In this six-year window, Wright and Feathericci have had children (not together; but they're cute as hell and one time I saw Wright's son hug another kid and I almost wept) and Mayhall moved to Old Mexico. Breaking up the band, however, never even occurred to them; D Numbers is practically in their DNA.
"I was sort of like, 'Hey guys, I've got this opportunity to move, can we still keep doing the band and the label?' and they were just like, 'Yeah,'" Mayhall says.
"And we've got the internet," Feathericci adds of continuing collaboration across international borders. And new tracks have been sent—though, to be fair, on the day I visited the band at their practice space at Feath's home outside Santa Fe, they were mostly fine-tuning existing material. This is as much about them having not performed together since September of last year as it is about the audience; elements will be changed and reworked, time signatures will be simplified, tightness will be achieved. And since D Numbers plays maybe twice a year, it should all seem relatively fresh.
"It's funny," Wright says, "but we'll have people come up to us after shows and say, "Oh wow, I really loved the new stuff!' when it's not new at all." Of course, this could either be insulting or a perfect compliment, depending on how you look at it, but the boys stay positive.
Just don't call them experimental. Lord knows they do technically experiment and also that I have called them such in the pages of this very publication, generally because it's the easiest way to say there's nothing else quite like them. "We've found in our touring experience, we'll go play at a dance event, and we're a little left field of that," Wright says, "or we'll go play at a more live music event and we're a little left field of that."
But "experimental" sort of sells the band short or, possibly, makes people think they're not as musically accessible as they are. Not so. At its core, D Numbers is an indie/post-rock act, but with intricate layers achieved through an absolutely mind-boggling stage plot and probably the most wires you'll ever see a band use. Tucked into the sound you'll find electronica, techno, house and funk at play; analog and digital sounds merge; loops and samples interweave with live instrumentation. According to Feathericci, "We like it weird, and we're not going to be satisfied with something if it sounds 'normal.'" D Numbers remains one of the grooviest bands, location irrelevant, operating today. Although, Feathericci says, "Depending on what lens you're looking through, we're a dance band."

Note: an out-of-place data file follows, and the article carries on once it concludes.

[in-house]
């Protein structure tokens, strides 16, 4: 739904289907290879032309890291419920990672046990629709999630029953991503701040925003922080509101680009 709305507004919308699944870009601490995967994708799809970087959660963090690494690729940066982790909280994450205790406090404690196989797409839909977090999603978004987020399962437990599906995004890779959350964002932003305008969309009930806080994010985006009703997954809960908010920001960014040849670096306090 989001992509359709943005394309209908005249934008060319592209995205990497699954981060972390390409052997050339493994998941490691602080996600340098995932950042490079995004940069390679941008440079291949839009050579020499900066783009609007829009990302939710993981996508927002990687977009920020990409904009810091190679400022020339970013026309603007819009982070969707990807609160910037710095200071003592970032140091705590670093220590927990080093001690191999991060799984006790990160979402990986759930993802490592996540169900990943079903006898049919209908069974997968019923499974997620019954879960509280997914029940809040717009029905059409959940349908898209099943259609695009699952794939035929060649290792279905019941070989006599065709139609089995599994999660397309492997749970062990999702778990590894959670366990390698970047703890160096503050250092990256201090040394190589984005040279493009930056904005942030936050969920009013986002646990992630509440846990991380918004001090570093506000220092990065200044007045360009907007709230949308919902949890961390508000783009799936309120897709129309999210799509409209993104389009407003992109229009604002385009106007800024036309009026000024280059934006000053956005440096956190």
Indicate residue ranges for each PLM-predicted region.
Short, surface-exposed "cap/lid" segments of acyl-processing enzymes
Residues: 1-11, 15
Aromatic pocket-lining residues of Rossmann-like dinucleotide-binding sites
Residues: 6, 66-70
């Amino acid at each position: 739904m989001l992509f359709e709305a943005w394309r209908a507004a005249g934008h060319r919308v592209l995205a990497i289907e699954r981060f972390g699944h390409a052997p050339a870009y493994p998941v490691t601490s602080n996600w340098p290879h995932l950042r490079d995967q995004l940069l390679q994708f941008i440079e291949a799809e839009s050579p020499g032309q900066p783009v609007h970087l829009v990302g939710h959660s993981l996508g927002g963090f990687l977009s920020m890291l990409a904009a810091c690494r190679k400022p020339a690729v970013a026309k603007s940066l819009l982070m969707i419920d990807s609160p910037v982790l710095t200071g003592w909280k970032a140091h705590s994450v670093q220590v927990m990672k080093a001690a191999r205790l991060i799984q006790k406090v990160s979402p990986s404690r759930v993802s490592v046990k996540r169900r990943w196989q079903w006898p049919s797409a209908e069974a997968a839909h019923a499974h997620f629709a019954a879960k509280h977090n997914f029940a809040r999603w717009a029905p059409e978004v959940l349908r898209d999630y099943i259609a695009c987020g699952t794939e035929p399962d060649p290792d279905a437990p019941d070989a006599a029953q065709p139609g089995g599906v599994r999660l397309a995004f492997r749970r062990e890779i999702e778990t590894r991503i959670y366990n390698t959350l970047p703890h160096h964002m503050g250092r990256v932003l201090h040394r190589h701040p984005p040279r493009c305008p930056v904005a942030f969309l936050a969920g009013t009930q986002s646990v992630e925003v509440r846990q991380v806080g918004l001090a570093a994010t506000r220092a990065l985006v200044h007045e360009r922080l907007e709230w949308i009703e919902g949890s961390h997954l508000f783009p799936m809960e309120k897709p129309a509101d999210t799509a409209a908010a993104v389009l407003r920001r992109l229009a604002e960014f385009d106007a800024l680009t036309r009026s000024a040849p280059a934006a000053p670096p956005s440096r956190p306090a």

So what does this mean for fans and soon-to-be fans planning on attending D Numbers' Santa Fe Bandstand show on Thursday Aug. 24? For one thing, everyone seems energized. Whether this is about being musically reunited with Mayhall remains unclear, but even just during our brief chat, excitement bubbles under the surface.
"We just do naturally what we do," Wright explains. "We don't try very hard at maintaining an aesthetic. … We're thinking about our audience, to some extent." He means they know how to make it work for y'all, and that they're more interested in crafting clever songs that work for everyone than conducting math experiments or cramming in unnecessary parts.
Should you desire a deeper experience than just the Bandstand show, Wright, Mayhall and Feathericci also perform solo at a secret-ish, private-esque two-day event beginning the following evening in Glorieta. To work that out, simply ask someone who knows (there are lots of them hanging around).
In the meantime, Mayhall heads back to Mexico soon and Wright and Feathericci continue their efforts with Meow Wolf. They're currently at work on new sounds for one-off MW
satellite exhibits in other states that have yet to be announced and, according to Wright, the flagship location's sounds have been sneakily updated here and there and will continue to receive
attention for the foreseeable future.
Santa Fe Bandstand: D Numbers
6 pm Thursday Aug. 24. Free.
Santa Fe Plaza,
100 Old Santa Fe Trail
Santa Fe Reporter